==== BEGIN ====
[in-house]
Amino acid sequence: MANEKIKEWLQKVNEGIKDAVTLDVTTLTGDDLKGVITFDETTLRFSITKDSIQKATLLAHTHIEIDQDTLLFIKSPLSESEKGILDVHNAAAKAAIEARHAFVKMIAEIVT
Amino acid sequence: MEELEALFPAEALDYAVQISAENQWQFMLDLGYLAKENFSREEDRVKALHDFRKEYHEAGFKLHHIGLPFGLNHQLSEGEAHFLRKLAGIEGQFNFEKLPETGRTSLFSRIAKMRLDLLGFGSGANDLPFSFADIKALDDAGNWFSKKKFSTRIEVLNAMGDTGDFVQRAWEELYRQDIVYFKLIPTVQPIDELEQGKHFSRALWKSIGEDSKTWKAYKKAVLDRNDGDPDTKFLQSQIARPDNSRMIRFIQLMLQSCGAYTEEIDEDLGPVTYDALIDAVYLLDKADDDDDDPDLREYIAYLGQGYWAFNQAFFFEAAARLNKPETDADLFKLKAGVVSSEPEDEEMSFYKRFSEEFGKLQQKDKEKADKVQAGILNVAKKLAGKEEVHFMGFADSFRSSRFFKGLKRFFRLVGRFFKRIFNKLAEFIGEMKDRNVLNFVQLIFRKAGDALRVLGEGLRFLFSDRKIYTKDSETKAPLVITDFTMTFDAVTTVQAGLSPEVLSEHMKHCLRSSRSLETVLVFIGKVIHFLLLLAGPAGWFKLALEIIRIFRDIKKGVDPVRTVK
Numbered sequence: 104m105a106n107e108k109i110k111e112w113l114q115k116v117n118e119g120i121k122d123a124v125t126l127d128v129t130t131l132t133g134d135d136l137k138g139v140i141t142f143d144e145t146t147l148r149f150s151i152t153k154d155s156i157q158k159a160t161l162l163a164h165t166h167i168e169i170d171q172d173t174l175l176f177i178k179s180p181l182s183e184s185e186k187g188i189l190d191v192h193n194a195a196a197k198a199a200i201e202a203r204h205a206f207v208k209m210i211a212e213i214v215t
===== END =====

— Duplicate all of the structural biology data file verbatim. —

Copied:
[in-house]
Amino acid sequence: MANEKIKEWLQKVNEGIKDAVTLDVTTLTGDDLKGVITFDETTLRFSITKDSIQKATLLAHTHIEIDQDTLLFIKSPLSESEKGILDVHNAAAKAAIEARHAFVKMIAEIVT
Amino acid sequence: MEELEALFPAEALDYAVQISAENQWQFMLDLGYLAKENFSREEDRVKALHDFRKEYHEAGFKLHHIGLPFGLNHQLSEGEAHFLRKLAGIEGQFNFEKLPETGRTSLFSRIAKMRLDLLGFGSGANDLPFSFADIKALDDAGNWFSKKKFSTRIEVLNAMGDTGDFVQRAWEELYRQDIVYFKLIPTVQPIDELEQGKHFSRALWKSIGEDSKTWKAYKKAVLDRNDGDPDTKFLQSQIARPDNSRMIRFIQLMLQSCGAYTEEIDEDLGPVTYDALIDAVYLLDKADDDDDDPDLREYIAYLGQGYWAFNQAFFFEAAARLNKPETDADLFKLKAGVVSSEPEDEEMSFYKRFSEEFGKLQQKDKEKADKVQAGILNVAKKLAGKEEVHFMGFADSFRSSRFFKGLKRFFRLVGRFFKRIFNKLAEFIGEMKDRNVLNFVQLIFRKAGDALRVLGEGLRFLFSDRKIYTKDSETKAPLVITDFTMTFDAVTTVQAGLSPEVLSEHMKHCLRSSRSLETVLVFIGKVIHFLLLLAGPAGWFKLALEIIRIFRDIKKGVDPVRTVK
Numbered sequence: 104m105a106n107e108k109i110k111e112w113l114q115k116v117n118e119g120i121k122d123a124v125t126l127d128v129t130t131l132t133g134d135d136l137k138g139v140i141t142f143d144e145t146t147l148r149f150s151i152t153k154d155s156i157q158k159a160t161l162l163a164h165t166h167i168e169i170d171q172d173t174l175l176f177i178k179s180p181l182s183e184s185e186k187g188i189l190d191v192h193n194a195a196a197k198a199a200i201e202a203r204h205a206f207v208k209m210i211a212e213i214v215t